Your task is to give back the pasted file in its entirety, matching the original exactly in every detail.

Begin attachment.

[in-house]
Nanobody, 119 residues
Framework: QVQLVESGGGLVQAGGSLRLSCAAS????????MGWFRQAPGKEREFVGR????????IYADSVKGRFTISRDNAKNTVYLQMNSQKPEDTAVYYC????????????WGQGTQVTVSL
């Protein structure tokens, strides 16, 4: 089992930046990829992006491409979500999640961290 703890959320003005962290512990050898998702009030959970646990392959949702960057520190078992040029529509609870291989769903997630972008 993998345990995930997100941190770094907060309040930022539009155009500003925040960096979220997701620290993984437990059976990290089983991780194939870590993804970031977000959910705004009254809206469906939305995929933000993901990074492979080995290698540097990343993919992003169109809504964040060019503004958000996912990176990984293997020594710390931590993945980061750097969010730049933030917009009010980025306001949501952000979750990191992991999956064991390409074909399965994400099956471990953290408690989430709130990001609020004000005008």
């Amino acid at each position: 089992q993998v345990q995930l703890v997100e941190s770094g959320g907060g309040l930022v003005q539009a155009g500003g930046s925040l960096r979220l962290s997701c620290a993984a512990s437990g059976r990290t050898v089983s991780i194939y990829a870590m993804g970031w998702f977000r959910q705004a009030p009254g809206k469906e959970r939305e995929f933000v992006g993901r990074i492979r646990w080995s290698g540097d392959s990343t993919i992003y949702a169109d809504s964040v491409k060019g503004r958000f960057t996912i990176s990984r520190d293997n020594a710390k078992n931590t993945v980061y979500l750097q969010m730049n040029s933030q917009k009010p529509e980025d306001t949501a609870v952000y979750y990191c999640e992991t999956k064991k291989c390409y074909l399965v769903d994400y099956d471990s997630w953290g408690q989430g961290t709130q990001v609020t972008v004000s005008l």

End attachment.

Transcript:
[in-house]
Nanobody, 119 residues
Framework: QVQLVESGGGLVQAGGSLRLSCAAS????????MGWFRQAPGKEREFVGR????????IYADSVKGRFTISRDNAKNTVYLQMNSQKPEDTAVYYC????????????WGQGTQVTVSL
């Protein structure tokens, strides 16, 4: 089992930046990829992006491409979500999640961290 703890959320003005962290512990050898998702009030959970646990392959949702960057520190078992040029529509609870291989769903997630972008 993998345990995930997100941190770094907060309040930022539009155009500003925040960096979220997701620290993984437990059976990290089983991780194939870590993804970031977000959910705004009254809206469906939305995929933000993901990074492979080995290698540097990343993919992003169109809504964040060019503004958000996912990176990984293997020594710390931590993945980061750097969010730049933030917009009010980025306001949501952000979750990191992991999956064991390409074909399965994400099956471990953290408690989430709130990001609020004000005008």
């Amino acid at each position: 089992q993998v345990q995930l703890v997100e941190s770094g959320g907060g309040l930022v003005q539009a155009g500003g930046s925040l960096r979220l962290s997701c620290a993984a512990s437990g059976r990290t050898v089983s991780i194939y990829a870590m993804g970031w998702f977000r959910q705004a009030p009254g809206k469906e959970r939305e995929f933000v992006g993901r990074i492979r646990w080995s290698g540097d392959s990343t993919i992003y949702a169109d809504s964040v491409k060019g503004r958000f960057t996912i990176s990984r520190d293997n020594a710390k078992n931590t993945v980061y979500l750097q969010m730049n040029s933030q917009k009010p529509e980025d306001t949501a609870v952000y979750y990191c999640e992991t999956k064991k291989c390409y074909l399965v769903d994400y099956d471990s997630w953290g408690q989430g961290t709130q990001v609020t972008v004000s005008l």